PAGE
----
Friday, March 25, 2016

Selecting a Deck

I often see folks say that you really have to handle your deck before you buy it, especially if it's your first deck.

Here's what I think.  If people can meet their spouses online, you can buy a deck of tarot cards online.

If you have access to a store, or a place where you can see the whole deck before you buy it, that can be a lot of fun!  Truth is, I live in a rural area and don't have access to those kind of options, so buying a deck online was more practical for me.  You can also do a lot of research on decks before ordering them, with some websites showcasing hundreds of decks.

I only have a couple general suggestions for people planning to use cards for reading (i.e. as opposed to getting them solely as a work of art).  In order for those suggestions to make sense, though, it helps to know how a typical tarot deck is organized.

The Major Arcana, or trump cards, are numbered zero through twenty one.  They represent a progression through stages of life, or typical events and people that most of us encounter. Their meanings are derived from a unique character or item portrayed, like the Star, the Hermit, Death, the Tower, or the Lovers.  They take on special prominence in spreads, and in the original game-playing use of tarot, they outranked number cards (think of the expression, "The issue is trumped by extenuating circumstances.")

The Minor Arcana are made up of four suits: cups, pentacles, wands, and swords.  These are numbered similarly to traditional playing cards, ace through ten and then the court cards.  As in playing cards, the king ranks highest, with the queen second highest (though I idiosyncratically read queens as higher).  Next in line is the knight, or in some cases, the prince.  Finally, the page, or sometimes princess, is the lowest ranking court card.

Now, the Major Arcana are almost always illustrated, and court cards often have at least something pictorial. But the numbered Minor Arcana sometimes only have pips, or the corresponding number of symbols.  In fact, the original tarot decks probably had pips instead of pictures for the Minor Arcana.  This means that they look more like traditional playing cards.

So what does this mean for you?  Well, it means that a deck listed as having "illustrated Minor Arcana" will have unique pictures on each card that will help you associate it with a distinct meaning.  If, instead, the Minor Arcana are listed as illustrated with pips, it means that there will just be the suit symbols.  These can still be beautiful decks, but they are much harder if you are just learning.  Many readers who use pip cards incorporate numerology in order to read these cards; that is an intriguing approach, for sure, but I like to keep it relatively simple.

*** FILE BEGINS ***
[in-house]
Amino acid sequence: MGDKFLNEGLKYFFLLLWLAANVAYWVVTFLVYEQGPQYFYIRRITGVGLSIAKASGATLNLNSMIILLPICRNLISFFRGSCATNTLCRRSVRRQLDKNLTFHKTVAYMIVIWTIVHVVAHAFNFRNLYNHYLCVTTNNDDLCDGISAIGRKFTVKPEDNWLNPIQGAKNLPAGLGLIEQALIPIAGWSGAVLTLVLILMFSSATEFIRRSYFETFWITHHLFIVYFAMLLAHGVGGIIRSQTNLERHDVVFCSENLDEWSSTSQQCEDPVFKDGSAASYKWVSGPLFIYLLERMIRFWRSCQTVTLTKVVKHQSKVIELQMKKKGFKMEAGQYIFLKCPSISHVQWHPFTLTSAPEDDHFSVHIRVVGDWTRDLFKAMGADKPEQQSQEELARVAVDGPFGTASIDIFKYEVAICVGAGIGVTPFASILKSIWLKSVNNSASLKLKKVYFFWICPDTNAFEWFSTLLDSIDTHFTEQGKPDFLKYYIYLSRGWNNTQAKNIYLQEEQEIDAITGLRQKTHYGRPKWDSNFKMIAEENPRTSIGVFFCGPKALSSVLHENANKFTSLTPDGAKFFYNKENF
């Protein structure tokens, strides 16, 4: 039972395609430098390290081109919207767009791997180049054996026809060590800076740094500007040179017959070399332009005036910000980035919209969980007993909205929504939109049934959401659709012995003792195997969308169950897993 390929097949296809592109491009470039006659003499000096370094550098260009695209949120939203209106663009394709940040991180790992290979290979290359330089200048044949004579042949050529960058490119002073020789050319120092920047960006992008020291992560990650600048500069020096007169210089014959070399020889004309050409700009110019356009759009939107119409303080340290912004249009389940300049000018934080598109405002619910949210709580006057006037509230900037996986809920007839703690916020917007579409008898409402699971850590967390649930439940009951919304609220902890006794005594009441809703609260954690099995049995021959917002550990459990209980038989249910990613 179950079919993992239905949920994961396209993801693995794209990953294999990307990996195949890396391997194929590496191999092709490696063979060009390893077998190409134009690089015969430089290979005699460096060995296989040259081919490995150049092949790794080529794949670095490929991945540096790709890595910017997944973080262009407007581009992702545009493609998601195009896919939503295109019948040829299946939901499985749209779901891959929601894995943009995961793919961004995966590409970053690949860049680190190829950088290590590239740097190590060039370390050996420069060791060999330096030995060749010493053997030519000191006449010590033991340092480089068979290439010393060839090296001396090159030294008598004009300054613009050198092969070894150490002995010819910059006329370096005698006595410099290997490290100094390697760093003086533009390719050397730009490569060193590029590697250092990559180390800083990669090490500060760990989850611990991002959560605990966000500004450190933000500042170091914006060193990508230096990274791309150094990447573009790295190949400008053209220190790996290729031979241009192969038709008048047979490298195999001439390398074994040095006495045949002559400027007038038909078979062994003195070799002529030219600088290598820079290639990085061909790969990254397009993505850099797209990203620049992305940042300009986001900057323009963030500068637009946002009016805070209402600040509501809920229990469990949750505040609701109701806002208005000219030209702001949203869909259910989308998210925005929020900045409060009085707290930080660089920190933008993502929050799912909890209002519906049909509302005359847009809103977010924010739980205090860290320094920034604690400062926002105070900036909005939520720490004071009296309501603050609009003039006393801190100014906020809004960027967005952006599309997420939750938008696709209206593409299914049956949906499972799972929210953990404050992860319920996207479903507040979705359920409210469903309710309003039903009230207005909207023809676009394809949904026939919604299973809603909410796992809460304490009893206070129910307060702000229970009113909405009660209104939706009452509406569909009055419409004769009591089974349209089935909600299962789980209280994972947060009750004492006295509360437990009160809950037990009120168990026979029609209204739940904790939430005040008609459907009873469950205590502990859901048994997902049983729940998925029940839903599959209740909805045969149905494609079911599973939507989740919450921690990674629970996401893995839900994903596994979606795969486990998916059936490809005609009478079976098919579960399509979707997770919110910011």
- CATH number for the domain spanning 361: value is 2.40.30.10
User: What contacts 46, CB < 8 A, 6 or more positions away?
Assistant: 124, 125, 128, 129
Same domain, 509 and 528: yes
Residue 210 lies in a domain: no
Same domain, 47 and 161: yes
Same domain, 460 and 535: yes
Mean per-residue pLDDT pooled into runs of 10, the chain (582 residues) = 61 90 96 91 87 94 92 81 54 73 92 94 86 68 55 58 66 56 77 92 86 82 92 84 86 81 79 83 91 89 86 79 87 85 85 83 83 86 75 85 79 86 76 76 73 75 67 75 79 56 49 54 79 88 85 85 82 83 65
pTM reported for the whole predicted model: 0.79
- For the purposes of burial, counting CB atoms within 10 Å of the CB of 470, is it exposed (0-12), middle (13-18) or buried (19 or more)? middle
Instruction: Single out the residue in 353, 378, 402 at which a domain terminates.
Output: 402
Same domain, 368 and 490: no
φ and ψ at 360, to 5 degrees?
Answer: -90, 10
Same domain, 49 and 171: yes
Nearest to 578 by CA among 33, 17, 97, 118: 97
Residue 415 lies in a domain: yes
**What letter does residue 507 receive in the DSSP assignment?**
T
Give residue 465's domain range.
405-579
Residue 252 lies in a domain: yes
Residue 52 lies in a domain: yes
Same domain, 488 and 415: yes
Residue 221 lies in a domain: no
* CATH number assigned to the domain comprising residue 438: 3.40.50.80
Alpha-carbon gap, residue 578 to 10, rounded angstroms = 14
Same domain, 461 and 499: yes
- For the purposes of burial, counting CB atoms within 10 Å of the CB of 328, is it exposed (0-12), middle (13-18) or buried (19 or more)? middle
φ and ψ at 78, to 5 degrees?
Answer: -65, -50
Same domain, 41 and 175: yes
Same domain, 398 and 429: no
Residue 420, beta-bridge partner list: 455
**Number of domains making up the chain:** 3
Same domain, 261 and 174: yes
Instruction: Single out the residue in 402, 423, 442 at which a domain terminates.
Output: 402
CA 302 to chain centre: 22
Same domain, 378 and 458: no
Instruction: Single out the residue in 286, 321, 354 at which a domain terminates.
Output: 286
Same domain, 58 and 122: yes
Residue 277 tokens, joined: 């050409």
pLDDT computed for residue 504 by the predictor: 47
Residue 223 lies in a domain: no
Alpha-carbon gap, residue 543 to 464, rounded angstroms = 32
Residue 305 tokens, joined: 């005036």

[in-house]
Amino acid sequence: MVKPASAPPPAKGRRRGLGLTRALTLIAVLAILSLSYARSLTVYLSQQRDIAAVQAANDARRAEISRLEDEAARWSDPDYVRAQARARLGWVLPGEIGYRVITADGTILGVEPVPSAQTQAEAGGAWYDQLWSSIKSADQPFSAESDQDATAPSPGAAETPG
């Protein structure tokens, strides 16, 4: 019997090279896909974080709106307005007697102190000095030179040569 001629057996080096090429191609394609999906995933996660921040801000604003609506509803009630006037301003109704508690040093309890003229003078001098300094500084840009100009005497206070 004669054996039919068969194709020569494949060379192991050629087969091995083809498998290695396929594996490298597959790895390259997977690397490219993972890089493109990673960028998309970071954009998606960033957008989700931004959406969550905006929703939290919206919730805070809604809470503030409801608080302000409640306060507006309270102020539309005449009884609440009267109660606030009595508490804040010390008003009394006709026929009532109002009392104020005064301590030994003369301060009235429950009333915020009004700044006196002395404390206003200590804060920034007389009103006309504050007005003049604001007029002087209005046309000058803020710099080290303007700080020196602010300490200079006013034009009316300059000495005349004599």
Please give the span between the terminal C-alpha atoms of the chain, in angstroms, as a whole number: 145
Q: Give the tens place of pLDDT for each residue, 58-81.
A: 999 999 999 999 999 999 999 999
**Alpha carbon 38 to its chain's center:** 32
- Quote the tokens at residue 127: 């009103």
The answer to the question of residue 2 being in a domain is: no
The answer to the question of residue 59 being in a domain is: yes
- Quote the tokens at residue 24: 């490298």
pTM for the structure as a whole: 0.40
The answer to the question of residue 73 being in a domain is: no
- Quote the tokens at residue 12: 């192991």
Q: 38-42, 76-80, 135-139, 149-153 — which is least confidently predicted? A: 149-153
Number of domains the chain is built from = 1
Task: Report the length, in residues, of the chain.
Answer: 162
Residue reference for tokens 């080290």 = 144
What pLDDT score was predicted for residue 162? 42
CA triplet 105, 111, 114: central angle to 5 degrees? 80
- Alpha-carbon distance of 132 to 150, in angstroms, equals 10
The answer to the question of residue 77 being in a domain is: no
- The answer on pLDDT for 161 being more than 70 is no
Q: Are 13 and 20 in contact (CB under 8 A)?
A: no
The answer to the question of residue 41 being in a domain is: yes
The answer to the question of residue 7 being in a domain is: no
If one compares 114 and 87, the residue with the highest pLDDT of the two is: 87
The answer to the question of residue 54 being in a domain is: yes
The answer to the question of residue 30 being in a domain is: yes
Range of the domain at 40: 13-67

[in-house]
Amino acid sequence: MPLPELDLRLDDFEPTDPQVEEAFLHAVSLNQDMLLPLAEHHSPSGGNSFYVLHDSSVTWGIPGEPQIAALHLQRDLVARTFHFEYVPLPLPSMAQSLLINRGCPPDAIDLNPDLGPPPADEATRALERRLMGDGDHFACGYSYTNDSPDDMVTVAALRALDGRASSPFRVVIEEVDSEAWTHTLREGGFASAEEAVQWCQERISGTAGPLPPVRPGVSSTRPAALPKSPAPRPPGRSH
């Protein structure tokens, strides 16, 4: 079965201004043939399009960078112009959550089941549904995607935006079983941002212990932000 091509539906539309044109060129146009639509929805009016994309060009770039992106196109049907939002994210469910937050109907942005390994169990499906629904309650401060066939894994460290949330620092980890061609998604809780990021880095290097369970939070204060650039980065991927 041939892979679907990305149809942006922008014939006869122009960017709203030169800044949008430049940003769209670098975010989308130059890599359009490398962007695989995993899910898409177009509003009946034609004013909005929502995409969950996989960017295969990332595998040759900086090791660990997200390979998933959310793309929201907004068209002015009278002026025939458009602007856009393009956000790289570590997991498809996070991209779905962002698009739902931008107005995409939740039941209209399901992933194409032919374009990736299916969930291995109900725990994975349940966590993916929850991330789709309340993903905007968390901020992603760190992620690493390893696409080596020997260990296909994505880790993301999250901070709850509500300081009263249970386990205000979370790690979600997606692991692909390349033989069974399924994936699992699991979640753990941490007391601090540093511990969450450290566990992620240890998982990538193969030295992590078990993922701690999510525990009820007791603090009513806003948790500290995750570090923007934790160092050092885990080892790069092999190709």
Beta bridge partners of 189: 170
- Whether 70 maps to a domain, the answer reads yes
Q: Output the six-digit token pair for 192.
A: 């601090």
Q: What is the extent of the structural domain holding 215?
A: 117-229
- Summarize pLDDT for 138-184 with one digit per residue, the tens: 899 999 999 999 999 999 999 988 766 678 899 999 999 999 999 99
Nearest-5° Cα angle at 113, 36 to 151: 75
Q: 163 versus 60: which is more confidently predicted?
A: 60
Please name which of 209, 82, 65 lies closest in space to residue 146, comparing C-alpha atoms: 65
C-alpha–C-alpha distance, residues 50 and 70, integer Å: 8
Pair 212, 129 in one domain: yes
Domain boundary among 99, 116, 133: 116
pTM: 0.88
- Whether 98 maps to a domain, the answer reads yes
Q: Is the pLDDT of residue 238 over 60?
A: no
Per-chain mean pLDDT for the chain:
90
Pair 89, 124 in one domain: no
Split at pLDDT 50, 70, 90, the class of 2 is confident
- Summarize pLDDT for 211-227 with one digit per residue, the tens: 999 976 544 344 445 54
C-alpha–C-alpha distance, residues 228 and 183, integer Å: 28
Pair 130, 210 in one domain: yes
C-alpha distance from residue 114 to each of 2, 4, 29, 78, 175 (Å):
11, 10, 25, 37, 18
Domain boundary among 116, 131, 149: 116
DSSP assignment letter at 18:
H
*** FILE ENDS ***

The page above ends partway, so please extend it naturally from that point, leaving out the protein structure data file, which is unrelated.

This leads me to my first suggestion: Get illustrated Minor Arcana!  The very first deck I bought only had pips, and trying to memorize meanings was frustrating and arbitrary.  When I got my Rider-Waite deck, I was suddenly able to connect the card meanings to what I was seeing.  Learning tarot became much more rewarding.

A few other suggestions are simple: check online reviews if you can, seeing if anybody says anything about the paper quality and sturdiness.  When you get your cards, check for the Little White Book (LWB) that comes with almost every deck; this usually entails a card-by-card explanation and a few suggested spreads.  The quality of LWBs varies greatly, with some being useful and creative, and others confusing and poorly written.  Ultimately, I was able to come up with a better sense of card meanings by checking out books from the public library.

Keep these things in mind as you are buying and receiving your deck, but ultimately, don't overthink it.  It's always great to find that deck that sets your heart on fire, but you can also spend a lot of time searching for the Perfect Deck without ever getting your hands on some actual cards.  Get illustrated Minor Arcana, check your local library for tarot books, and have fun!

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